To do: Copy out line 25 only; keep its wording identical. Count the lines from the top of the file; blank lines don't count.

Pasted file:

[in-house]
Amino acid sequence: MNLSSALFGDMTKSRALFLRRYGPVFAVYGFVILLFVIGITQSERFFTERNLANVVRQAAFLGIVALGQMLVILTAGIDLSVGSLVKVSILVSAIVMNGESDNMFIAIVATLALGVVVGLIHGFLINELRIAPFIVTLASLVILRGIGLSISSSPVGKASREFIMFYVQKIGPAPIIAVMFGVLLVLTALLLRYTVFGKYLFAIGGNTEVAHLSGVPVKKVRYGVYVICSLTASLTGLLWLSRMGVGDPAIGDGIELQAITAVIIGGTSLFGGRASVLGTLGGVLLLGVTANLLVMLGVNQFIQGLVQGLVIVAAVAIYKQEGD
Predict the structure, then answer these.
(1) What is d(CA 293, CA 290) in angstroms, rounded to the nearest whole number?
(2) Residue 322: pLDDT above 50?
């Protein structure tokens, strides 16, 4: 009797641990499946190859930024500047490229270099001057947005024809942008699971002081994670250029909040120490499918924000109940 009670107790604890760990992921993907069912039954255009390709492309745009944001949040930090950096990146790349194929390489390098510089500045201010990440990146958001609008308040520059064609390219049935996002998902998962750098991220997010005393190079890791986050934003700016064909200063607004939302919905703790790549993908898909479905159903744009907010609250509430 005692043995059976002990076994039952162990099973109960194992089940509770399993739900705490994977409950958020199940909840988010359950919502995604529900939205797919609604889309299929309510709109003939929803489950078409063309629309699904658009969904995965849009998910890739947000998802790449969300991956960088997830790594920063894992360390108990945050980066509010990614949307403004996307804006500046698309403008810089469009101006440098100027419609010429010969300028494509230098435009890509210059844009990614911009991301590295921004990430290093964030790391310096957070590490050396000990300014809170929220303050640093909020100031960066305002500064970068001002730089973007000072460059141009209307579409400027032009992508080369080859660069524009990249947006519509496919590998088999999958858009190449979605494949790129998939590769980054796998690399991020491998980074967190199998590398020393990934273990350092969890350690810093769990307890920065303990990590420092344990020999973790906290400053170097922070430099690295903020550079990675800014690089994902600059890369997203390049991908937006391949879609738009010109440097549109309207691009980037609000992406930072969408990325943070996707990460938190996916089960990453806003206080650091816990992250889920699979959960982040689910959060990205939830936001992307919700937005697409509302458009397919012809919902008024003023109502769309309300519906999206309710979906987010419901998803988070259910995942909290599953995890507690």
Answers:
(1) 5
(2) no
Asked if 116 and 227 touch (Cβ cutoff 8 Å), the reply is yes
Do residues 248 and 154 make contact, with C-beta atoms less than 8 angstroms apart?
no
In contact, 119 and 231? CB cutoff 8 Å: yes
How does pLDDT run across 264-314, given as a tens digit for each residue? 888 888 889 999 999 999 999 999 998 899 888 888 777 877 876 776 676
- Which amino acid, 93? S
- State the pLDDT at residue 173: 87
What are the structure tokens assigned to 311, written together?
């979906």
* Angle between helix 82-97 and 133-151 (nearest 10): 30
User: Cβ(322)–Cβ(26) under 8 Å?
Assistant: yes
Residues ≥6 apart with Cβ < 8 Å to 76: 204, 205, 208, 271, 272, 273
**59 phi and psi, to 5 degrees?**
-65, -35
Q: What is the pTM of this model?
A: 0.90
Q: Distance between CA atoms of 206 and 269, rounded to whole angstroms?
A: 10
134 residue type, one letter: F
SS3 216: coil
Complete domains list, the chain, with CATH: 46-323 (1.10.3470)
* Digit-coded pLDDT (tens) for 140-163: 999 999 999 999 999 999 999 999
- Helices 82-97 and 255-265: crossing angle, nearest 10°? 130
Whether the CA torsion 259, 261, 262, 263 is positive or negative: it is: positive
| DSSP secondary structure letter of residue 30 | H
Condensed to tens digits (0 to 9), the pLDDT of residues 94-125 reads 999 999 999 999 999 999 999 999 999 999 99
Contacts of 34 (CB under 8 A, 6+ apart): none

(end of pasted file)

Q: What is the pTM of this model?